Our Christian walk needs to be immersed in prayer.

We are too busy NOT to pray.

If we deem ourselves too busy to pray we have slighted the power of prayer to help us through our challenging days.

Our prayers need to be continual and constant.

Whatever happens in our life we seek to have a GODWARD RESPONSE.

When tempted, we pray for help;  When we experience something good & gratifying, we thank God;

When we witness the evil in the world, we pray for God with grant us energy to help remedy such.

When we interact with friends who are not Christians, we pray for wisdom as to how to speak and act.

When we encounter troubles, we turn to God for deliverance and/or the strength to endure. 

Our prayers also need to be fervent.

Js.5:16 / “the fervent prayer of a righteous man can accomplish much”

This word “fervent” implies warmth, emotion & passion.  It comes from an old word that means “to boil or glow”.

Our prayers also need to be persistent.

Lk.11:1f tells of a time when Jesus was praying.

After His praying, one of Jesus’ disciples said to Him, “Lord, teach us to pray just as John taught his disciples”.

Jesus then taught them THE MODEL PRAYER.

And as a follow-up to that instruction He saw fit to illustrate the importance of persistence in prayer.

Lk.11:5-8 is a parable of sorts.

The key point of the story is found in the last verse (vs.8):

I tell you, even though he not get up and give anything because he is his friend,

yet because of his persistence (shamelessness) he will get up and give him as much as he needs.

The point here is not that God is like our friend, who has to be roused from his deep slumber.

There is something about the virtue of persistence that is character building.

Imagine a 16yr old son or daughter approaching his father desiring his own car (used would even be okay).

That child might ask and ask and ask. 

And finally, when he or she has a job and is more mature then the request might be granted.

What mother or father in their right mind always grants a child’s request the first time it is asked?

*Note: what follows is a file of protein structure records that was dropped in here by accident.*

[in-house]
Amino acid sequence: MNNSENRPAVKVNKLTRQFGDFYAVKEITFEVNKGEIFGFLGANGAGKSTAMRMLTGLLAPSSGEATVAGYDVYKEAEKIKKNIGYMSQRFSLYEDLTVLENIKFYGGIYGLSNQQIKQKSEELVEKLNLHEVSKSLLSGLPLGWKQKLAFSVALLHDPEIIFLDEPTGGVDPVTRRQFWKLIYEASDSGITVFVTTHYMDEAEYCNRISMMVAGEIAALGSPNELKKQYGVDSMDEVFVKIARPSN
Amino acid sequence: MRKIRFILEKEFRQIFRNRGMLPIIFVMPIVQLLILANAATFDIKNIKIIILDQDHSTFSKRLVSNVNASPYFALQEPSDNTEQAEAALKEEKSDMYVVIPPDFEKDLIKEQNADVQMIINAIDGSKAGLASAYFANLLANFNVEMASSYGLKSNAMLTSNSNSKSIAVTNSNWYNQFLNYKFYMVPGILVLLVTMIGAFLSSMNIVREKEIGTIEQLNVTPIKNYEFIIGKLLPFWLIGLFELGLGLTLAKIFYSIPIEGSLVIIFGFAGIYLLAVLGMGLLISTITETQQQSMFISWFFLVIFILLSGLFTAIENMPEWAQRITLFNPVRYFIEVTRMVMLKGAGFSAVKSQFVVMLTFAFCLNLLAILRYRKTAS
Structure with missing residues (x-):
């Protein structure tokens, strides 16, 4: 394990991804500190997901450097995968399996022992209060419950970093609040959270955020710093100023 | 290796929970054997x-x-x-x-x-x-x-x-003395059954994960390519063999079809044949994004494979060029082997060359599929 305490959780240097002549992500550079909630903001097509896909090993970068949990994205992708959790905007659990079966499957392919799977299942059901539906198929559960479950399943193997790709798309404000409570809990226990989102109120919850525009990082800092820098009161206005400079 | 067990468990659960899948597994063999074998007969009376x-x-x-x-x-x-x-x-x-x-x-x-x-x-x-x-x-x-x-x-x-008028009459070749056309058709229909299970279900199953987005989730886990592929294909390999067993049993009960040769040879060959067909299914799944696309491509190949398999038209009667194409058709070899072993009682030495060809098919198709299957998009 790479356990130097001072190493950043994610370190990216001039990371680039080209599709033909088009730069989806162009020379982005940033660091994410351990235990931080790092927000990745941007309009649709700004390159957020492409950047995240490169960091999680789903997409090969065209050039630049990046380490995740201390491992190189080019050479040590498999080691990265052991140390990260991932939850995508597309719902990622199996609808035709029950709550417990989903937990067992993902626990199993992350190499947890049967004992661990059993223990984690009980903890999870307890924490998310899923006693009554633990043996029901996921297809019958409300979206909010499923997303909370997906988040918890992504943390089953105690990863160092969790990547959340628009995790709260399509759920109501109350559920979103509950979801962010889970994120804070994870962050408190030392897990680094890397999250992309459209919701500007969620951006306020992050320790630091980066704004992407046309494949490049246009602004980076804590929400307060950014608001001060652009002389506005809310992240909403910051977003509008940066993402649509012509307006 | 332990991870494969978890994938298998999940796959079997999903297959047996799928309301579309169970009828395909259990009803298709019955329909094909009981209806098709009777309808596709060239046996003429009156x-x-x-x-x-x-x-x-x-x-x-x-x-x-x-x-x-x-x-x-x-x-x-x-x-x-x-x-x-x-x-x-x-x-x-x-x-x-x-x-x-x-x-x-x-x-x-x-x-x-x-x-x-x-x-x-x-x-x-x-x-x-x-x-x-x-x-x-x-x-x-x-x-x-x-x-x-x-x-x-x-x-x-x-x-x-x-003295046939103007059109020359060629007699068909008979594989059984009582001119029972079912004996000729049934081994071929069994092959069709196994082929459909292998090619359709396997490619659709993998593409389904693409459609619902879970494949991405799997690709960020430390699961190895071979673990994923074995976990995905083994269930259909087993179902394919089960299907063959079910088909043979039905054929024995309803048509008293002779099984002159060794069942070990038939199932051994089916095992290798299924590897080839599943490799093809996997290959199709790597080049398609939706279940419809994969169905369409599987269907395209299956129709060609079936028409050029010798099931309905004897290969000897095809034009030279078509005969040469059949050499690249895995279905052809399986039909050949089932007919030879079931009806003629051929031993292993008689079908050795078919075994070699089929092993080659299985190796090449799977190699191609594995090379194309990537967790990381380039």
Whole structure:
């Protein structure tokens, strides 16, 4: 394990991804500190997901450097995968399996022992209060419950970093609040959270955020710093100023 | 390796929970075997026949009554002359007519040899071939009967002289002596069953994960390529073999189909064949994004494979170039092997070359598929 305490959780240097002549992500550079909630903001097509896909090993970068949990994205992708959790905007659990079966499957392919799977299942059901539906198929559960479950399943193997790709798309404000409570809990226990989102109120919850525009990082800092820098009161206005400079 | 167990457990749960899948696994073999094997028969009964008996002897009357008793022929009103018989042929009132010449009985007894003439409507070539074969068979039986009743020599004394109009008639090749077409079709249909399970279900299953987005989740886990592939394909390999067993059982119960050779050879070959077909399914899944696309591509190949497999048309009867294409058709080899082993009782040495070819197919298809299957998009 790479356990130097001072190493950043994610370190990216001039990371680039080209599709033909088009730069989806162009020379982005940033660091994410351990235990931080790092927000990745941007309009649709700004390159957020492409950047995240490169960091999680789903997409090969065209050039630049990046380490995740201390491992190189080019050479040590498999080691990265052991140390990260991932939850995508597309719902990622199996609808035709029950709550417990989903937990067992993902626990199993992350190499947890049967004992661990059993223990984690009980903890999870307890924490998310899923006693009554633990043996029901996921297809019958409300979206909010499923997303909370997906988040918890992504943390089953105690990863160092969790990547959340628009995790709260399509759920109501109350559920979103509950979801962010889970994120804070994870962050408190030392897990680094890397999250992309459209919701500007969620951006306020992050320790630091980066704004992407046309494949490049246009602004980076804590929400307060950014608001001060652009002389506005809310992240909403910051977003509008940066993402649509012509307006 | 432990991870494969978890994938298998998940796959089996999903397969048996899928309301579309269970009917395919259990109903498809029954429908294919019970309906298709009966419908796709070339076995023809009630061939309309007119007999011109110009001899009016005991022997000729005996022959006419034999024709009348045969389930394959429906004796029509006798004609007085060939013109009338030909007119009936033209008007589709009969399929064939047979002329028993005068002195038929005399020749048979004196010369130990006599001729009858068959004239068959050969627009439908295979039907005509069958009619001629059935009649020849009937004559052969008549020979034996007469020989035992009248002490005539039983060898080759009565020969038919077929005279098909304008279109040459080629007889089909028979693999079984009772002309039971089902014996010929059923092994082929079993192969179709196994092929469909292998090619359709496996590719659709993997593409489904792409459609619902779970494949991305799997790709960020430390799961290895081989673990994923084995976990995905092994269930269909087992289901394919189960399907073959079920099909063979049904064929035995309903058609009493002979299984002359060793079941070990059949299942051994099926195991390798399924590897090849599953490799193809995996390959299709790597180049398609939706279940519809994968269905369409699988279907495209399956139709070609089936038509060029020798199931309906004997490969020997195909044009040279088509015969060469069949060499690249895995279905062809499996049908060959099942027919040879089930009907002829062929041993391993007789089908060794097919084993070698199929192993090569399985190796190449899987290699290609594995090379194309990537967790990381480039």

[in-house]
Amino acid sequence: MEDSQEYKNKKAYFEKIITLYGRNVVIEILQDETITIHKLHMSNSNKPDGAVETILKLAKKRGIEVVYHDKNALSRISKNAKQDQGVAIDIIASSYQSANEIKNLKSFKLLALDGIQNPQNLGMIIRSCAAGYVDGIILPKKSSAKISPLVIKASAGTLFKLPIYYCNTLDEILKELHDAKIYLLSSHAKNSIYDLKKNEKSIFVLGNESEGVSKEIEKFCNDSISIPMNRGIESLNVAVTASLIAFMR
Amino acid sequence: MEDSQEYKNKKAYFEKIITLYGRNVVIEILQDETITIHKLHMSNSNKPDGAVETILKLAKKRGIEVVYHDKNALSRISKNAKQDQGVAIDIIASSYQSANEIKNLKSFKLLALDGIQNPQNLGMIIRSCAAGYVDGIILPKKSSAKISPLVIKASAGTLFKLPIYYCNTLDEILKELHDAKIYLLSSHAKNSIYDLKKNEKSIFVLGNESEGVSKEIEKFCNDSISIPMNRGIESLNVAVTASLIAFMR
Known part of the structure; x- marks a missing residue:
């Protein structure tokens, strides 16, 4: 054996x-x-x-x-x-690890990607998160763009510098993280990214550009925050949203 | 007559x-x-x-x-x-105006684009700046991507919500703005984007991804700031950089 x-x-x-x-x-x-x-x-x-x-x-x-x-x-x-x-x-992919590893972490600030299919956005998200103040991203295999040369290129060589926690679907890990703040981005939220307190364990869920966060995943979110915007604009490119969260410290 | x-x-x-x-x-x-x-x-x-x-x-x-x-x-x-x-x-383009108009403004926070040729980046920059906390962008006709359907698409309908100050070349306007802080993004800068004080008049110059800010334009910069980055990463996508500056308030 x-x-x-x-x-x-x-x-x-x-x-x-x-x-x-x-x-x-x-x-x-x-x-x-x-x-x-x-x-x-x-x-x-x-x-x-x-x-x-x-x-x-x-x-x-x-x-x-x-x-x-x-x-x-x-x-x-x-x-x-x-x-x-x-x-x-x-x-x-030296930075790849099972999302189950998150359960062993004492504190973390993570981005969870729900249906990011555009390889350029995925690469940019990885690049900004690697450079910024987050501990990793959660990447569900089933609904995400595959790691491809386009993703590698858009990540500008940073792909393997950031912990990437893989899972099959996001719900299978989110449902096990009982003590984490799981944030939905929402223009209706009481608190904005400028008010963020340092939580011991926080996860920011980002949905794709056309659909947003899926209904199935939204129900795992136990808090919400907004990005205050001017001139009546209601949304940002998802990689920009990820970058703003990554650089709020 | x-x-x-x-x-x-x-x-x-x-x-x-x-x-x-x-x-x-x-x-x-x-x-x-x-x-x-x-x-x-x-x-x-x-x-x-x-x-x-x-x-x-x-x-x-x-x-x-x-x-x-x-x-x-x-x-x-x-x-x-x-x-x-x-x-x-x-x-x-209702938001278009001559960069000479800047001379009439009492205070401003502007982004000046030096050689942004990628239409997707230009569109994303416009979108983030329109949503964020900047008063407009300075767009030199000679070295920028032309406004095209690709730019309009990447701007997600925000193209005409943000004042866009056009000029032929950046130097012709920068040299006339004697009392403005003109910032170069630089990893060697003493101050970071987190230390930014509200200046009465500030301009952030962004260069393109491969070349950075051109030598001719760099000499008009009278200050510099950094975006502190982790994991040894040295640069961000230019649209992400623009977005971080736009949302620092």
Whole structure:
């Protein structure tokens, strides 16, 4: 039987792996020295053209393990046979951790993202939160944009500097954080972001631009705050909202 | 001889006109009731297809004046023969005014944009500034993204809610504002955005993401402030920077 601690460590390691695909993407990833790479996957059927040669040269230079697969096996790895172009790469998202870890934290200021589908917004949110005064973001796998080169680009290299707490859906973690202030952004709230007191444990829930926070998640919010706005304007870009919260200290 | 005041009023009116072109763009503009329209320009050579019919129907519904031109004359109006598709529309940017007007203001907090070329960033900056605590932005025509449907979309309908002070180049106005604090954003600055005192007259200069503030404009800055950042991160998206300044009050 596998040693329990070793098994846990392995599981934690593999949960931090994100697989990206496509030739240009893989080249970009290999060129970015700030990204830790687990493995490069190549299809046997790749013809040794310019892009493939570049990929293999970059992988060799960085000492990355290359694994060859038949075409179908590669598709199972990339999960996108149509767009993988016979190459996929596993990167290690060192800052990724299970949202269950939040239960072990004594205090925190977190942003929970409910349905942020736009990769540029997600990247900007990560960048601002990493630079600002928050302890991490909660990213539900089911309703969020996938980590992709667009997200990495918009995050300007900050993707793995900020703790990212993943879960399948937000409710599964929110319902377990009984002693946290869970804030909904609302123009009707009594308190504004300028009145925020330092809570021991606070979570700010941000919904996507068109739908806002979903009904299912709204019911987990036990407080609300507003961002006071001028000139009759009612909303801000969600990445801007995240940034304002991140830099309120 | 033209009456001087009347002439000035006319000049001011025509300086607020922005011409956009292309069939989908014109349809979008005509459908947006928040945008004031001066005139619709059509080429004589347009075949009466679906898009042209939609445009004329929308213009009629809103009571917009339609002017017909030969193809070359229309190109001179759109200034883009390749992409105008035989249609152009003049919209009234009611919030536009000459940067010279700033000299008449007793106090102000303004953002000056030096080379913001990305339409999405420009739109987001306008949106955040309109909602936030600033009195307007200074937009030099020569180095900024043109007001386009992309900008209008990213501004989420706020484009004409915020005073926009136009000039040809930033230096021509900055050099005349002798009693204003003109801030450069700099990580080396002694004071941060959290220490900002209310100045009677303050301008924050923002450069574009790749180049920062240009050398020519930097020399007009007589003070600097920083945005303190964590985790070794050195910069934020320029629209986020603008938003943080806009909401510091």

There is something about WAITING that is m-a-t-u-r-i-n-g.

David states in Ps.40:1, “I waited patiently for the Lord…”

We sing of the value of waiting, do we not 4 4 4  Teach Me Lord to Wait.

Jesus puts an exclamation point on this parable of persistence by telling His disciples to A.S.K.

Lk.11:9-10 - Ask … Seek … Knock.

The story closes with this assurance (Lk.11:13):  “if you then, being evil (sinful), know how to give


Alongside this story from Lk.11 is another parable found in } Lk.18:1-8 

This parable has strong eschatological overtones.

The early saints were suffering miserably and fighting to hang on to their faith.

Their opposition seems to be gaining the upper hand and their hearts were melting with fear and anxieity.

They understood clearly that God was sovereign (vengeance is mine saith the Lord, I will repay/Rom.12:19).

They found great solace in the truth embedded in the declaration of their father Abraham (Gen.18:25)

Shall not the Judge of all the earth deal justly?

In this parable Jesus makes an argument from contrast.

If this carnal-minded judge can finally be badgered into action by the persistence pleas of this poor widow.

just imagine how our loving Father in heaven will respond kindly to our repeated cries for help.

One more postscript to this sermon and then we will close.

We have read the Scriptures and we have seen quite clearly that we are to be a people of prayer.

Devoted.  Praying at all times.  Praying without ceasing.  Continual and Constant.